MC: Unless you’re in Denver, Colorado, apparently.

JM: It’s gotta be a super Walmart though!

CW (mimicking security): You’ve gotta get outta here!

MC (also mimicking security): You’ve gotta get outta here buddy! You can’t be here!

JM: I wanted to tell that guy to shut the fuck up so bad. Let me go back to sleep.

MC: Buddy you can’t be here!

SD: You’ve gotta go!

MV: We are in March! 2016 has been really good with new releases, like the new Into It. Over It. album.

CW: I’m really glad they did that all analog. It truly speaks to the talent of this band.

MC: I was gonna say, I think they are getting back to…I don’t want to say primitive…but a more simplistic form of rock music. It held up. People were perfecting the formula of how to make good rock music in the ‘70s and ‘80s with analog tape recordings.

CW: It’s cool that they actually made the conscious decision to go back to that and do that.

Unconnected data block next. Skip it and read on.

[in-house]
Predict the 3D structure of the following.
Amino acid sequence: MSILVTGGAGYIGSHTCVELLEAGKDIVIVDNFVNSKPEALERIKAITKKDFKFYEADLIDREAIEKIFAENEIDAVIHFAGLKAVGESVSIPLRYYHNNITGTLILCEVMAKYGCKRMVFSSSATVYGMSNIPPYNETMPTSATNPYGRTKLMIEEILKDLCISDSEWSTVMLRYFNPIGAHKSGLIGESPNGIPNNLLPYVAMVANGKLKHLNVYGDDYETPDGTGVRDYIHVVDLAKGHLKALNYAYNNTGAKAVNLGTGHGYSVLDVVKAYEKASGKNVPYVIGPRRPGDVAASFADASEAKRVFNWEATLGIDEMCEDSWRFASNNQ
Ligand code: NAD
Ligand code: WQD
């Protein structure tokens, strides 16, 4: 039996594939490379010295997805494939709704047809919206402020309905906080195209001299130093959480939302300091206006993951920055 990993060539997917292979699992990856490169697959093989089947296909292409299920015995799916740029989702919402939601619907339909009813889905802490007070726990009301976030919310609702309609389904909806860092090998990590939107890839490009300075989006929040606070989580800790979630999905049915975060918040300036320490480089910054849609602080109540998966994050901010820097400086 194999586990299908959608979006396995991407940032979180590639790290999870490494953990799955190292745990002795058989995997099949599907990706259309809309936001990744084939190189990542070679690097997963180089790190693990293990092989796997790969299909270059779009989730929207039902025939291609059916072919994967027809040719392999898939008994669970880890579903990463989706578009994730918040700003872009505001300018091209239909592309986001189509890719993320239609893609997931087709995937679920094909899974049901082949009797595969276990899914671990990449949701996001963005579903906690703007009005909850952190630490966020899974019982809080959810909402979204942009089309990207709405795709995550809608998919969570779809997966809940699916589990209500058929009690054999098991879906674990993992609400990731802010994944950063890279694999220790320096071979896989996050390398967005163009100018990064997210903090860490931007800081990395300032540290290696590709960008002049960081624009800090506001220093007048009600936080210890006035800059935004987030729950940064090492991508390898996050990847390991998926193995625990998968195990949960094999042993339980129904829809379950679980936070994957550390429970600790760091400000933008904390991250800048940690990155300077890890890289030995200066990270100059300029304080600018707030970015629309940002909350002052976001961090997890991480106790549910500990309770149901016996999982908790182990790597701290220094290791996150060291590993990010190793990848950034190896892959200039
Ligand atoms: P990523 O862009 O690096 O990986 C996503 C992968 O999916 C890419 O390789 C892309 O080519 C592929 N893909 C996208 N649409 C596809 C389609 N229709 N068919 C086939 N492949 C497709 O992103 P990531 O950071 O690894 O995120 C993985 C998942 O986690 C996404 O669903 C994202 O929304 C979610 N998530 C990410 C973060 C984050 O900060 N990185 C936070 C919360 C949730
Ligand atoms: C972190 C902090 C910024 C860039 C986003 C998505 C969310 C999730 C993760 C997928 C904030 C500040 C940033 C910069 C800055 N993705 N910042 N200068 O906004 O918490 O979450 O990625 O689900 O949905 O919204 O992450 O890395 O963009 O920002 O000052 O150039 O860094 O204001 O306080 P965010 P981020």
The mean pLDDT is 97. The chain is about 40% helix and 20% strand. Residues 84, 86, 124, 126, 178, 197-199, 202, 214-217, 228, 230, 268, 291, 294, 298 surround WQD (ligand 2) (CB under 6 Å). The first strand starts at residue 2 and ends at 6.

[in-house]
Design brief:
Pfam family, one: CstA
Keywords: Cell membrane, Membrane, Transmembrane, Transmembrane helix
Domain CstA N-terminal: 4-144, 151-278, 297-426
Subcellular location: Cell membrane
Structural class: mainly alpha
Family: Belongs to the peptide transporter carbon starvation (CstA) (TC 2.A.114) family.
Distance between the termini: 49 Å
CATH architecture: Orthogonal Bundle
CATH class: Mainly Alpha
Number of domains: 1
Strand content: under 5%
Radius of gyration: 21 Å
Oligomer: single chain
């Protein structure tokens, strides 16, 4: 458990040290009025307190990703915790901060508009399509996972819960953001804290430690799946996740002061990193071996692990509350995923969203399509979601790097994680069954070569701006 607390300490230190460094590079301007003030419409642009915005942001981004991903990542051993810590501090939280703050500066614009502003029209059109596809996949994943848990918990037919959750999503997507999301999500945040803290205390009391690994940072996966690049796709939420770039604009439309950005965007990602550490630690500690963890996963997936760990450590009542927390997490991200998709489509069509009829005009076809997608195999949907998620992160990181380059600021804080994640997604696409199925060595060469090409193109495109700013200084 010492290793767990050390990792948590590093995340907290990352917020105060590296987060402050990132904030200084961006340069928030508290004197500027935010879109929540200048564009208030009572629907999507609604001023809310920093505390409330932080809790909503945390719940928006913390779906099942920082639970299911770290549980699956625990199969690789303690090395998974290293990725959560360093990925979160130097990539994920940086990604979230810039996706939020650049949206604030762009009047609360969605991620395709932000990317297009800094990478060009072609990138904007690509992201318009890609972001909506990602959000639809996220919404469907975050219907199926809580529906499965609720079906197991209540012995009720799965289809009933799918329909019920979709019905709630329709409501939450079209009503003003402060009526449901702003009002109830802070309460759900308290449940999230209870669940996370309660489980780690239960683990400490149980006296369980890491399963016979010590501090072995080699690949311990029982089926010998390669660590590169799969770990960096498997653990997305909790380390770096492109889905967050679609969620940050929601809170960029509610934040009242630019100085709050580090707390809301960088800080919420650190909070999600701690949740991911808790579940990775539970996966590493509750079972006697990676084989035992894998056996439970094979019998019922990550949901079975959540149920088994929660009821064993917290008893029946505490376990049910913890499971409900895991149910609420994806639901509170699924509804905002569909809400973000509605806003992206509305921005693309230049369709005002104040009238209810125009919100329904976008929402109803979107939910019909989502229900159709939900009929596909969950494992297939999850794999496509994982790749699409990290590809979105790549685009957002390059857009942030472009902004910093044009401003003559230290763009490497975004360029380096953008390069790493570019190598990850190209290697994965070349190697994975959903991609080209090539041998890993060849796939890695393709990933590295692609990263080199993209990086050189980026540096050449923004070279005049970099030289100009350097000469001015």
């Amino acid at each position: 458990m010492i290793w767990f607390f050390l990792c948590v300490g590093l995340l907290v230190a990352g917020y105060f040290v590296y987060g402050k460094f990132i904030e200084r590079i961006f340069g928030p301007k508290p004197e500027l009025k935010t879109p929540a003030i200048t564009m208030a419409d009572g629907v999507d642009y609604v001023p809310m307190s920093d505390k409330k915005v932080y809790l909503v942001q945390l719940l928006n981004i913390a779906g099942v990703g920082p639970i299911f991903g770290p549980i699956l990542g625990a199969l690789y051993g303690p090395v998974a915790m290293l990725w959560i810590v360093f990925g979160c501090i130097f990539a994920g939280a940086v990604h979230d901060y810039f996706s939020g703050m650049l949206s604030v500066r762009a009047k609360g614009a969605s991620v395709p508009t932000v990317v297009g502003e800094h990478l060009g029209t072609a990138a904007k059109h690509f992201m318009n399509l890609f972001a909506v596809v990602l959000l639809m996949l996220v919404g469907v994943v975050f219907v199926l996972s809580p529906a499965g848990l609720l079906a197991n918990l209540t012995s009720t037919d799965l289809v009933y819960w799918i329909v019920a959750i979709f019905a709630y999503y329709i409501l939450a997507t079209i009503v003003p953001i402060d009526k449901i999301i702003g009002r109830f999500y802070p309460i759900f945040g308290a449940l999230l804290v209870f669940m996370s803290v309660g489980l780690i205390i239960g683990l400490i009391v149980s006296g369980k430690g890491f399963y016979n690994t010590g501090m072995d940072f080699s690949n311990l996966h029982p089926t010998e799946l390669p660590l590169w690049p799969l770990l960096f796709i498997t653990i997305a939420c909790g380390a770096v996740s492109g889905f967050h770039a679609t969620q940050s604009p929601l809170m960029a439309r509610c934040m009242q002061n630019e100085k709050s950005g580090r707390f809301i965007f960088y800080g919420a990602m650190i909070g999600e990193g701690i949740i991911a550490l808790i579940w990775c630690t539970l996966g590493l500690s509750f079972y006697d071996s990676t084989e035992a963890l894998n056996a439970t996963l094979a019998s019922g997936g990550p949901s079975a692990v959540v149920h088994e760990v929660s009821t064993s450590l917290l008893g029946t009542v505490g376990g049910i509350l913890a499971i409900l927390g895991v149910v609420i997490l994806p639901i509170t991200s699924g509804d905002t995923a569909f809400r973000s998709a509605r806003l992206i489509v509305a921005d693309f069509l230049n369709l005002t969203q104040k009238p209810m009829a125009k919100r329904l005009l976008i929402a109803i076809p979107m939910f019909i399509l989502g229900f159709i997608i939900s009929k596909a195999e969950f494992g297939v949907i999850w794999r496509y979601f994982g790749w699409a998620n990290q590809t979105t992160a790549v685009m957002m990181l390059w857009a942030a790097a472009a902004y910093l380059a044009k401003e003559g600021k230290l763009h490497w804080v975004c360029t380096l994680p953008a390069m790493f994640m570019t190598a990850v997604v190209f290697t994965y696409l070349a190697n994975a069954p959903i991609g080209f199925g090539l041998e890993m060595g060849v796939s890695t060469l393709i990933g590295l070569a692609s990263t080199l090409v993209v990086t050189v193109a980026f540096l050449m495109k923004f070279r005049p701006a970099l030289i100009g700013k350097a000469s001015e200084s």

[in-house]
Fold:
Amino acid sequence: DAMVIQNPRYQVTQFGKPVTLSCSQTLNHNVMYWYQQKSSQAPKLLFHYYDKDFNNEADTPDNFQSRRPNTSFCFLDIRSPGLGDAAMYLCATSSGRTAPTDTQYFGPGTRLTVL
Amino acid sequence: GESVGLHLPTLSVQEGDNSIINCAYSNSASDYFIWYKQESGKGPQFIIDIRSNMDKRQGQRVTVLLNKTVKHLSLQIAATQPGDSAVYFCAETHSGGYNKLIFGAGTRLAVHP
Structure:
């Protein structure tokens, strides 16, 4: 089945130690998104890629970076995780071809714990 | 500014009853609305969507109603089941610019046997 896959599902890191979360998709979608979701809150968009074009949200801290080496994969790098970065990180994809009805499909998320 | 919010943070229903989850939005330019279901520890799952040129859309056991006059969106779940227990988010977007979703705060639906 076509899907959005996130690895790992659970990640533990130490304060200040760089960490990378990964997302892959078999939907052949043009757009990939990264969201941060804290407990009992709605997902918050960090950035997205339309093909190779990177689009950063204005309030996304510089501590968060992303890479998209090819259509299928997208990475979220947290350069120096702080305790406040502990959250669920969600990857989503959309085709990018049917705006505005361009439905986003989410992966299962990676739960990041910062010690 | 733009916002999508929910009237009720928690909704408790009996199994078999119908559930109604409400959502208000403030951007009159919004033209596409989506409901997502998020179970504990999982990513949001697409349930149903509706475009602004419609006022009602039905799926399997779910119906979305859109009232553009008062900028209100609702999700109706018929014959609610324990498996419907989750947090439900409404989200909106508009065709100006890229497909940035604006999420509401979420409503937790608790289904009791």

MC: We were very big on making sure that we were doing things “the right way,” for us at any given time. Sometimes that means tracking live, like when we were in the studio, there were portions of our record that are tracked live, but there are portions that are not. Had we taken the full live approach, it would have been a much different record. I respect the hell out of anybody who takes that approach, because it is much, much, much more difficult to get an idea from beginning to fruition in an entire take. It takes a level of forethought that is definitely above and beyond making a normal record, and I think that we’re seeing a lot of really cool bands going back to some of the smarter, more skillful ways of recording their records. I back that 100%. I think it’s really great.